India in BRICS
The Indian economy experienced solid economic growth, recovering from the COVID-19 crisis, with increases of 7.2 percent GDP in the 2022-23 fiscal year. Over the past decade, India’s policies have taken many initiatives to strengthen the economy, rapid economic growth, and exports.
India’s nominal GDP as of June 2023 is projected to be about US$3.75 trillion marking a significant growth rate of 16.1 percent. New Delhi’s attention to the service sector, implementing reforms, increasing industrial production and their exports, appropriate foreign policy, focusing on the information technology (IT) sector, increasing consumption, private investment, taking advantage of existing resources, increasing foreign exchange reserves, increasing investments in the sector, private sector, the continued flow of foreign direct investment and appropriate economic growth. India is now the fifth largest economy in the world.
The construction of industrial infrastructure in India and economic development, while a lack of complete dependence on a specific industry is such that industry, agriculture, services, and the financial sector are important economic and commercial sectors. Over the last decade, India has almost doubled its GDP per capita and can use BRICS as a platform to leverage its global influence.
New Delhi has made strides in signing free trade agreements (FTAs) with its trading partners and has taken several measures to promote trade, including plans for a digital platform and open access to BRICS.
India and intra-BRICS trade
India recorded over US$100 billion in intra-BRICS trade in 2022 and it has traded with all members. BRICS allows India to resolve mutual differences and use it to strengthen relations with Africa and South America.
Russia has rapidly moved from 25th to 7th position among India’s trading partners over the past two years. Between April 2022 and February 2023, bilateral trade reached a record US$45 billion. Almost a third of this volume was mineral products (including ore and fuel). In turn, India exported goods worth US$4.43 billion to the Russian Federation in 2021.These are mainly chemical products, machinery, equipment and vehicles, food products and agricultural raw materials. This trade can be expected to grow given the mutually desirable commodity items the two possess, in addition to improving trade routes shortly to become available via the INSTC.
Prognosis: Rapidly growing trade based on energy, however non-oil trade is also increasing. As Indian and Russian traders and consumers adapt, and supply chains such as the INSTC come online, the bilateral trade development between these two BRICS members is highly promising.
Bilateral trade between India and China touched an all-time high of US$135.98 billion in 2022, while New Delhi’s trade deficit with Beijing crossed the US$100 billion mark for the first time. Despite frosty political relations, bilateral trade is currently steady. The main products that China exported are computers, smart phones, and semiconductors, while India exported iron ore, refined petroleum, and raw aluminium.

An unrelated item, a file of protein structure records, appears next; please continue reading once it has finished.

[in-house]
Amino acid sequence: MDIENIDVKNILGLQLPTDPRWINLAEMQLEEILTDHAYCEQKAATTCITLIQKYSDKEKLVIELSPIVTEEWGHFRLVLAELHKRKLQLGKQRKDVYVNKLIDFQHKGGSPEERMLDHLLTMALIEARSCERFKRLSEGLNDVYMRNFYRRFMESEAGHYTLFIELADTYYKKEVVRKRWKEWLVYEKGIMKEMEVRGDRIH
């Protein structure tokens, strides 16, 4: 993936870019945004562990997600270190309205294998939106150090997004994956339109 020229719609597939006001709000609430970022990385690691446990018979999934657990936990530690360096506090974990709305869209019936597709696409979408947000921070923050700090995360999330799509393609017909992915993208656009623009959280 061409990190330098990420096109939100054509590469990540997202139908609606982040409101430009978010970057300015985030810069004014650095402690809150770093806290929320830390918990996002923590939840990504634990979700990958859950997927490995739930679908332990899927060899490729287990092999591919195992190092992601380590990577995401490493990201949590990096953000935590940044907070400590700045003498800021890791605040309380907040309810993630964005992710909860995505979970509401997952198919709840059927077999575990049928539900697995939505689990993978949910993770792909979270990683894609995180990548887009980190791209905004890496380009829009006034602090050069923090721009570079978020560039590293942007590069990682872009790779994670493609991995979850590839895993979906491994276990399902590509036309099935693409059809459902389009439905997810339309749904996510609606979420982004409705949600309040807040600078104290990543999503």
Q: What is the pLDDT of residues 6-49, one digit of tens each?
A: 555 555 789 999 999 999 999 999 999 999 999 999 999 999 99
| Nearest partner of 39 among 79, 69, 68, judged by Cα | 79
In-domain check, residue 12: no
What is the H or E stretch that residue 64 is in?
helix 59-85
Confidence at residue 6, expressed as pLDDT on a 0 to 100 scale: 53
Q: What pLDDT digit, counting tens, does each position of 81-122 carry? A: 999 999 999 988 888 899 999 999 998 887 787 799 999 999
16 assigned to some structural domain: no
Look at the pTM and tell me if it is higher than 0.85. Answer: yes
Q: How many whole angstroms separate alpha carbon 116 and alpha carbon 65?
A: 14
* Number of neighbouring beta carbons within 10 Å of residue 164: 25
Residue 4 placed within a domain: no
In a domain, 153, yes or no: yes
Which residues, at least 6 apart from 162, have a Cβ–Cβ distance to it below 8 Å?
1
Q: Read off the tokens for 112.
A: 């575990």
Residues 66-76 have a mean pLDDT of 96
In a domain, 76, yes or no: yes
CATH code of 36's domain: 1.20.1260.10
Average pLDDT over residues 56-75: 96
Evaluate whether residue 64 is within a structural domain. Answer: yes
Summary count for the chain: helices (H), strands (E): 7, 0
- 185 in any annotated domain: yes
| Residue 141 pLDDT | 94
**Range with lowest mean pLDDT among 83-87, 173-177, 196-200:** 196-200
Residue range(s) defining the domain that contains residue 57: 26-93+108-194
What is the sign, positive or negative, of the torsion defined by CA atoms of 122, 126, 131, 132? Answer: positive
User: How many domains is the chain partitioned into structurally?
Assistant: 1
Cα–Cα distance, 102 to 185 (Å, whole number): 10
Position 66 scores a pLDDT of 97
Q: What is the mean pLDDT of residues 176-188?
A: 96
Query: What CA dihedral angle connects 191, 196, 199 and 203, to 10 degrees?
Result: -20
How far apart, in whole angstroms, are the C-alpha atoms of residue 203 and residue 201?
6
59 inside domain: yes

Prognosis: Currently stable and showing signs of growth; but remains vulnerable due to political rivalry and disputed territorial security issues. If these can be resolved – and both leaders expressed exactly this desire during August 2023 – trade development could become dynamic if infrastructure connectivity can be improved.
India is now the 5th largest trading partner of Brazil, with India exporting US$9.72 billion of products during 2022, a significant increase over 2021’s US$6.77 billion. Brazil exported US$6.34 billion to India during 2022, an increase from US$$4.9 billion in 2021.
The main products that India exports to Brazil are refined petroleum, pesticides, and packaged medicaments. The main products that Brazil exports to India are crude petroleum, soybean oil, and gold.
Prognosis: Mutually viable trade commodities and increased shipping routes are making Indian Brazil trade a vibrant case study of mutual trade recognition and effort. With bilateral trade growing at rates of 50 percent in either direction, this is a hot corridor.
In 2022, bilateral trade reached just under US$20 billion, in a well-balanced trade relationship with a small increase over 2021. The main products that South Africa exported to India are gold, coal briquettes, and raw copper. The main products that India exports to South Africa are refined petroleum, autos, and special purpose ships.
Prognosis: India’s trade development focus is more on the entire African continent and especially east Africa, rather than South Africa per se. India’s total trade with Africa grew by 9.26 percent in FY 2022-23 reaching almost US$100 billion, with a goal to double this to US$200 billion by 2030. India doesn’t need South Africa’s regional connections so much as say China or Russia, as it already has a significant African network dating back to the British colonial times. Consequently, South Africa isn’t so important in terms of India’s overall Africa policy, but trade is steady, and opportunities can be found.